London — Brian Orser is a disarmingly modest, quiet-spoken young man with an unmistakable flair on ice. As perhaps the world's best amateur figure skater, his claim to fame is the ease with which he can correctly land the most awesome multiple leaps, including the triple axel, the sport's most difficult jump. Many experts believe this talent gives him the inside track on winning the gold at the 1988 Calgary Olympics.
This opinion was endorsed earlier this fall when watching the Canadian champion win the St. Ivel Ice International, the season's traditional curtain-raiser at the Thames-side Richmond rink in London. There, for the first time, he linked his still rarely seen triple axel with a double toe loop -- the most hazardous jump combination yet achieved.
Orser, who turns 24 next month, comes from Orillia, north of Toronto. He has been national title holder for the past five years, and is the latest in a long line of outstanding Canadian exponents in figure skating, following in the wake of Donald Jackson and Donald McPherson, both former world champions, and the innovatively artistic Toller Cranston.
Few experts will disagree with the belief that Orser is today's best free skater and might have wrestled the Olympic gold medal away from Scott Hamilton at Sarajevo in 1984 if his compulsory figures had been better. As it was, he secured the silver with a strong finishing performance.
In fact, he has made quite a habit of coming spectacularly from behind to snatch medals seemingly beyond his grasp after handicapping himself with a relatively poor start in the preceding ``school'' figures.
But this determined lad appears at last to have solved that problem. At Richmond, his quality in figures was higher than previously -- due largely to three months' intensive summer schooling from Karol Divin, a Czechoslovak figures expert who was runner-up to Jackson in his great world triumph of 1962.
Divin augments the work of Orser's regular trainer, Doug Leigh, who has coached him ever since he began to skate at the age of nine -- and is not too proud to call in other help, including choreographic expertise from Uschi Keszler, a former West German champion.
``Mr. Divin has helped me with figures enormously this year,'' Orser enthuses. ``His specialized knowledge in that area ideally complements all that Mr. Leigh has done for me with jumping and spinning technique.''
More often than not, the better jumpers are extroverts, while those able to trace the more accurate figures are introverts. This makes sense, because the courage and daring demanded for the leaps usually go with a fiery nature, while the consistent ``eights'' require patience and a calm temperament.
Brian is an exception, using his reserved nature to conserve energy for when he needs it most. And like the diminutive Hamilton, he gets a lot from a little, showing that at 5 ft. 6 in. he doesn't have to be at a disadvantage to mostly, taller rivals.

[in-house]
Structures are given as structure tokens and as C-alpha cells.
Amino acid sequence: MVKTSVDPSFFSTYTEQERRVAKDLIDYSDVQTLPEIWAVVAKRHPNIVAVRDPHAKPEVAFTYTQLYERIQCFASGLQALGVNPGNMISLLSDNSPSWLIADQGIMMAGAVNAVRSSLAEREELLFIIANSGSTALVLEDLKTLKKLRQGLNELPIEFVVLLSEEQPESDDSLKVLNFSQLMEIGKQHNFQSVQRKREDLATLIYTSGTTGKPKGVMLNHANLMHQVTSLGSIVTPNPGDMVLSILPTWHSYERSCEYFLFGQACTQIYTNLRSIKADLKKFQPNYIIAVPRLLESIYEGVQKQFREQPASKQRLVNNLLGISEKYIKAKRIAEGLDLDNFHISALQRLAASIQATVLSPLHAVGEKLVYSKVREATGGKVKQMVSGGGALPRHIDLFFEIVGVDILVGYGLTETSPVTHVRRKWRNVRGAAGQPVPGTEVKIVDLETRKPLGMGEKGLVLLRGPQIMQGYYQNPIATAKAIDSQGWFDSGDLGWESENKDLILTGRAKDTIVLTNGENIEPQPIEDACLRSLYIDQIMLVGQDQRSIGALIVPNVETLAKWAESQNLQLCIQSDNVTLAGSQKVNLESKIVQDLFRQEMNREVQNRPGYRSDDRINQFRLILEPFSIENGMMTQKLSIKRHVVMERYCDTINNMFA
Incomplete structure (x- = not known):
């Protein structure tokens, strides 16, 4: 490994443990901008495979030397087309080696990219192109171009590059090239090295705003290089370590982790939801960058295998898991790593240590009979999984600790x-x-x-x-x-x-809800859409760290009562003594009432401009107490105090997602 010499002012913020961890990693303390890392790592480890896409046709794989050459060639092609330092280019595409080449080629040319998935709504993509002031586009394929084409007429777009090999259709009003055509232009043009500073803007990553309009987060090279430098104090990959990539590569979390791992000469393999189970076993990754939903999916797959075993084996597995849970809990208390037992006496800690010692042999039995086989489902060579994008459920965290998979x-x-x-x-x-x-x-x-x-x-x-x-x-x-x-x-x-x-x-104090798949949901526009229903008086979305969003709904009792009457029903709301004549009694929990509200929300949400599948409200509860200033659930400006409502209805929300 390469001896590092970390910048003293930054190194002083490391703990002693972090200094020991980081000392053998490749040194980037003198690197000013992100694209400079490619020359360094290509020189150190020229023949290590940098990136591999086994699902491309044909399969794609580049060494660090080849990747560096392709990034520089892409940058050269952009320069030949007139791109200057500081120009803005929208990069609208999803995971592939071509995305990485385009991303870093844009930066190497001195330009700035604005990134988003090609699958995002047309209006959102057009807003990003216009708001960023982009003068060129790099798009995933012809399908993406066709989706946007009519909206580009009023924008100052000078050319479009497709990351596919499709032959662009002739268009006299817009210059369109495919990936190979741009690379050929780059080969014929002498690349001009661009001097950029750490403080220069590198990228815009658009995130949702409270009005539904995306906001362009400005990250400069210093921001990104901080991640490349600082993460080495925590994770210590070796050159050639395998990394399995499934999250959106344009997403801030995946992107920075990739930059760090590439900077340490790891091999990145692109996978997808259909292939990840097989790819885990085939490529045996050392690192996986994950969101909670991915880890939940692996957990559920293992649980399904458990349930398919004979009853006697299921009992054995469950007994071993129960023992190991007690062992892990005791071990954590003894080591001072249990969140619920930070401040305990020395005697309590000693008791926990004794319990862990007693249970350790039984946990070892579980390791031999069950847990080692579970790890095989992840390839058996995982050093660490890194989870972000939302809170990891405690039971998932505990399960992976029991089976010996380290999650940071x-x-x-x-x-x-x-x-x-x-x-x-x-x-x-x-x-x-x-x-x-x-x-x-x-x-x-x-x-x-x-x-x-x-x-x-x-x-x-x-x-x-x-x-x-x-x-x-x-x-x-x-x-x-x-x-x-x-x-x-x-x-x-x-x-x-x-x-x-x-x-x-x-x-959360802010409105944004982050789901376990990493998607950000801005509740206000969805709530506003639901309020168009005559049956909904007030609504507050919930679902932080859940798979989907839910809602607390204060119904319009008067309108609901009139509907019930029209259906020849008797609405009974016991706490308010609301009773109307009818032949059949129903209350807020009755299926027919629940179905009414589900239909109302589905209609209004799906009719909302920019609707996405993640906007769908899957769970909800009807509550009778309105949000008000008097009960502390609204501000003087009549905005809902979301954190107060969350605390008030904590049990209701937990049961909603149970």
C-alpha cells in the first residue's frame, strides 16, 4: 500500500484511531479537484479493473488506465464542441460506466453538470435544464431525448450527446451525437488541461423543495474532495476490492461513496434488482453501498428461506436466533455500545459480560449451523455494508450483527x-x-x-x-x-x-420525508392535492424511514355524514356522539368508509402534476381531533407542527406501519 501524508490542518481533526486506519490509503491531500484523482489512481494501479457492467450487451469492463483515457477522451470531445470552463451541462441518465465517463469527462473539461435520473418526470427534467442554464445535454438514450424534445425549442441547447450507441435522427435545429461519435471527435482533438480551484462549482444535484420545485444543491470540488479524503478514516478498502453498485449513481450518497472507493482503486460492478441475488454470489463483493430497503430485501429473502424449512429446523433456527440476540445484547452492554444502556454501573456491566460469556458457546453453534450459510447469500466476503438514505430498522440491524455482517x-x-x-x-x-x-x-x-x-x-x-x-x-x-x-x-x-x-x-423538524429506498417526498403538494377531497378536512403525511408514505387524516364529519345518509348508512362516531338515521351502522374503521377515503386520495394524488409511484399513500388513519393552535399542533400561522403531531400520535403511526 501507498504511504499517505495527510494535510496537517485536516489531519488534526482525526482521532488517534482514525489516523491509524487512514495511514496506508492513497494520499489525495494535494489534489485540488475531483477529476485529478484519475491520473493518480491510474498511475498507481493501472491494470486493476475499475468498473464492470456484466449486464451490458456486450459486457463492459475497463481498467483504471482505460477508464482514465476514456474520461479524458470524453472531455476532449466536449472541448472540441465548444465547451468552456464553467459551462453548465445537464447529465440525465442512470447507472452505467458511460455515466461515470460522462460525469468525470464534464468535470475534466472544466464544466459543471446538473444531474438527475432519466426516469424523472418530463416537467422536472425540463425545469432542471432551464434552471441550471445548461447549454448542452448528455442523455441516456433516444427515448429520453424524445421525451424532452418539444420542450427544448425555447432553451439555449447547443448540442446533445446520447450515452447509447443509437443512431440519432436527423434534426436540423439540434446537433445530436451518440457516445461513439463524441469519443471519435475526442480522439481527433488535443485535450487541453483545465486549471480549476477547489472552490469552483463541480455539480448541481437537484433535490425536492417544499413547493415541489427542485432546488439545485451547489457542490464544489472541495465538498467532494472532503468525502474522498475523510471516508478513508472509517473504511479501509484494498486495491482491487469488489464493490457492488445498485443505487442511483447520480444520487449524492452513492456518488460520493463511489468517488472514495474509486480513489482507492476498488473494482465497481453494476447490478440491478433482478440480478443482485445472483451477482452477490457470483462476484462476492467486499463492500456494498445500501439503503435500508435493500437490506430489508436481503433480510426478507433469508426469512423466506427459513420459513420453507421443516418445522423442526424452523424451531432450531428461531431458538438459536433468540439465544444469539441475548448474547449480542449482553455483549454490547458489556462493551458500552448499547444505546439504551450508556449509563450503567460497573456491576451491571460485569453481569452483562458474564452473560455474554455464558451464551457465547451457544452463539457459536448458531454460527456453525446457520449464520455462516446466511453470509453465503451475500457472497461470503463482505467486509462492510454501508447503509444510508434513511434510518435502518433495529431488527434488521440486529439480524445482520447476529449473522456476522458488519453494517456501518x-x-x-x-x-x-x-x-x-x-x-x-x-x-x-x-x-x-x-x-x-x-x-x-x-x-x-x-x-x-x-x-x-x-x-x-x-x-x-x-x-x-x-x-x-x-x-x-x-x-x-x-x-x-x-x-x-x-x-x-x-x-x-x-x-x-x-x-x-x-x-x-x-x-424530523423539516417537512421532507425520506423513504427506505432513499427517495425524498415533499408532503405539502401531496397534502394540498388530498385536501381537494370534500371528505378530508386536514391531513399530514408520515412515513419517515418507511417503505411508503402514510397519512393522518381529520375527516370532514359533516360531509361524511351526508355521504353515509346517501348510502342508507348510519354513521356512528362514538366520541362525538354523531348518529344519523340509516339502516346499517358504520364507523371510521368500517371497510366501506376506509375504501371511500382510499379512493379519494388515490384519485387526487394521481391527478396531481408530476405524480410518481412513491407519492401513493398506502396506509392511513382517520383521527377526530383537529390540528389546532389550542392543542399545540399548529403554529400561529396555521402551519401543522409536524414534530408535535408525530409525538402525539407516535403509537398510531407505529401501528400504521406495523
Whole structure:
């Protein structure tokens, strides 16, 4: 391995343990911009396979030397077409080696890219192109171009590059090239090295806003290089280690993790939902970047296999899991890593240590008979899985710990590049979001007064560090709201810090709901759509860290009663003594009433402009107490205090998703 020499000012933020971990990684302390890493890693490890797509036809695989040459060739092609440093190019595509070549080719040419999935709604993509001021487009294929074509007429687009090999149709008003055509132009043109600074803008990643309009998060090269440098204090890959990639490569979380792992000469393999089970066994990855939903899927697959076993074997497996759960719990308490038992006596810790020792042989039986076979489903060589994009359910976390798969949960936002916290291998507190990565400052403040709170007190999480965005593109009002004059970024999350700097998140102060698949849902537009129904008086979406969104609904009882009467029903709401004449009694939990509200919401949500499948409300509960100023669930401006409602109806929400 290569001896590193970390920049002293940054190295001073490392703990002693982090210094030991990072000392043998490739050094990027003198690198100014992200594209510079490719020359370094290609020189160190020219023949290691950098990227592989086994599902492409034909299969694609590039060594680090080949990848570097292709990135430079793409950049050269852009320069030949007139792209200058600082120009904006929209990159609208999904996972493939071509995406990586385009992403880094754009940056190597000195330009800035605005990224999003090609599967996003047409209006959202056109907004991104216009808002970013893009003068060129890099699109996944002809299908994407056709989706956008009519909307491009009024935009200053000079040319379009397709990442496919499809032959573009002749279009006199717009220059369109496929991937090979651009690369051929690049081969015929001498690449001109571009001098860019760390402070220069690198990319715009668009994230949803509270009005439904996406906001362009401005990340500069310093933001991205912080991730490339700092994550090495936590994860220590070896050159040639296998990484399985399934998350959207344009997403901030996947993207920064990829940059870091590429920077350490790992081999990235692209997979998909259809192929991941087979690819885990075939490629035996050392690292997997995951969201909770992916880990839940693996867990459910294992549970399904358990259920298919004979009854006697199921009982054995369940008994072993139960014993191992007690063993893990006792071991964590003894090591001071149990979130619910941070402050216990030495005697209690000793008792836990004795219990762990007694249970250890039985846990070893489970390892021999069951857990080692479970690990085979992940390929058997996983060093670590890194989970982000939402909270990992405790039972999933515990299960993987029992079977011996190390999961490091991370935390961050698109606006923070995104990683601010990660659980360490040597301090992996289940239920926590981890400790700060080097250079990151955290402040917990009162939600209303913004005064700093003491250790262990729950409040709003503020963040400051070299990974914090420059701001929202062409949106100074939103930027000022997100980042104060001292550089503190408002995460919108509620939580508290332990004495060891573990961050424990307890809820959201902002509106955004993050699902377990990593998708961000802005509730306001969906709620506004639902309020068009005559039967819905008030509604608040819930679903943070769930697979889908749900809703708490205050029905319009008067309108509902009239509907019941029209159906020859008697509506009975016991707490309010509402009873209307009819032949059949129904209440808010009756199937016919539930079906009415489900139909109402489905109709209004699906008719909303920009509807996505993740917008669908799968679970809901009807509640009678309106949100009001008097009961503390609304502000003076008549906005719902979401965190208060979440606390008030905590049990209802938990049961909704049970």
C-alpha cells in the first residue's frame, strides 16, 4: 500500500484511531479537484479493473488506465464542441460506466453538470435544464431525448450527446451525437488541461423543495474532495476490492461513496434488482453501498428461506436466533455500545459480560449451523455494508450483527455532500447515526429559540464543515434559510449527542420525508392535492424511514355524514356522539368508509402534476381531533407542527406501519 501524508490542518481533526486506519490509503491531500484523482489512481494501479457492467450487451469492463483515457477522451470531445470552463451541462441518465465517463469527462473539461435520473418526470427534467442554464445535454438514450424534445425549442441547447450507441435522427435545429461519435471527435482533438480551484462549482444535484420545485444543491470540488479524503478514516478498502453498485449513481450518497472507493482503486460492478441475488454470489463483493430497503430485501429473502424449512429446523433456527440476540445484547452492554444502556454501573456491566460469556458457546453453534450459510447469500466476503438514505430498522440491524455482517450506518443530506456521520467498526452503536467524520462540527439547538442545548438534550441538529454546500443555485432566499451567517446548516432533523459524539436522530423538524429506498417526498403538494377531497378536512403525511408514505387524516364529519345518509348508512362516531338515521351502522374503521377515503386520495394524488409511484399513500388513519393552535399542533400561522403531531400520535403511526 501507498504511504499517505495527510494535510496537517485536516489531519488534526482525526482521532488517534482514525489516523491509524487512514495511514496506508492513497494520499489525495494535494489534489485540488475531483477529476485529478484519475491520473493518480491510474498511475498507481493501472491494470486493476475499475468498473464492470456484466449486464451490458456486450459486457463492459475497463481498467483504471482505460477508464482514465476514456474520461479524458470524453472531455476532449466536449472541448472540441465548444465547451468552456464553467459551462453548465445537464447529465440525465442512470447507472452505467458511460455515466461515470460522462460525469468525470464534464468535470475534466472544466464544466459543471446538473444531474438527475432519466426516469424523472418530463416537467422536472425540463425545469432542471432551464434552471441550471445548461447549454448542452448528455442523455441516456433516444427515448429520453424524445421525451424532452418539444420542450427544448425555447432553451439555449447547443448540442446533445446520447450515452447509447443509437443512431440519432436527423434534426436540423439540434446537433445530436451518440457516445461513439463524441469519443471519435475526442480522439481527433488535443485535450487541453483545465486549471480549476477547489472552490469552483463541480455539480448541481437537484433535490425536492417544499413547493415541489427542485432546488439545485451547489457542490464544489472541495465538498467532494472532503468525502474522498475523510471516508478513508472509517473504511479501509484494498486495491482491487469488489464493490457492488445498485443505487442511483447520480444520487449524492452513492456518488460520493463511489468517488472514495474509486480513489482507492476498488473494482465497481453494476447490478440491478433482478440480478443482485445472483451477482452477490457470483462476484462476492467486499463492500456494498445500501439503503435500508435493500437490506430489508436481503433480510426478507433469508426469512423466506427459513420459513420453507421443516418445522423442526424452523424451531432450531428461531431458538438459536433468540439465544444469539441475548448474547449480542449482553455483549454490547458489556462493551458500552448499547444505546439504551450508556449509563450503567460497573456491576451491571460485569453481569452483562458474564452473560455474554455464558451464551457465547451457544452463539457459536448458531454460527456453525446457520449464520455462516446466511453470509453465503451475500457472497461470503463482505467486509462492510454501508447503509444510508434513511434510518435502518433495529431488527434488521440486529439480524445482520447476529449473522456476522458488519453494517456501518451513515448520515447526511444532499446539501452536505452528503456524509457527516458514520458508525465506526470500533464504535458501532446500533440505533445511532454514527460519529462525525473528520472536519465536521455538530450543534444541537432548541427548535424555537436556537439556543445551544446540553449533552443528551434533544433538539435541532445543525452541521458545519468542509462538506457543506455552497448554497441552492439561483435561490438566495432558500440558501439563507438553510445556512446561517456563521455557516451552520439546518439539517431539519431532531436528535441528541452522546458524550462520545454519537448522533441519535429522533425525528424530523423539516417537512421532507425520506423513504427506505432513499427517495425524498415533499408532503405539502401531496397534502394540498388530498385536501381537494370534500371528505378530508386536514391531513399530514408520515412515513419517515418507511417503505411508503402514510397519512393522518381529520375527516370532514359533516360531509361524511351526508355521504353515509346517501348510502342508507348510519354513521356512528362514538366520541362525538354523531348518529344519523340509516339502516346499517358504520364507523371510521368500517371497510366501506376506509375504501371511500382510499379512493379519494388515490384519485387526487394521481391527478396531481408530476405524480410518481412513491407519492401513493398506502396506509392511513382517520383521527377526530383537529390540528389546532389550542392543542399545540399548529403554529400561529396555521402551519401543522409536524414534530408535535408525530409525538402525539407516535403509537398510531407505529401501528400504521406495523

After Scott turned professional in 1984, Brian became the favorite to win the world title in Tokyo last March, but he was still recovering from illness and, under the circumstances, did well to finish second behind the Soviet, Alexander Fadeev. Their rematch next March in Geneva will be a showdown Orser is now expected to win.
No other skater will tell you confidently before a competition that he will definitely include a triple axel, the only jump involving three and a half mid-air rotations. ``That's not meant boastfully,'' he explains. ``It's just that this particular jump has come more naturally to me than some of the others -- I don't know why.
``For example, I still find the fairly commonplace triple loop the most difficult and I seldom attempt it.''
That is a curious fact, considering that the number of skaters in the world capable of a good triple axel can still be counted on the fingers of one hand. It defied even Hamilton, Cranston, Robin Cousins, and John Curry, none of whom ever accomplished the feat in competition.
Not that the more spectacular athleticism is the be all and end all of free skating. Spins of many variations, linking moves and intricate step sequences, are also important, as is the way in which the ice is used to give an overall balanced effect.
``That is Miss Keszler's department,'' says Brian. ``She arranges my routines so that each highlight gets maximum impact, and positions the more energetic contents at the moments I am least likely to be out of breath. Such planning is vitally important.''
Many thought Orser would quit the amateur scene along with Hamilton after the Ottawa world championships in 1984, but Brian was not content to retire as No. 2 in the world and dreams of triumphing for the host nation when Calgary stages the next Winter Olympics.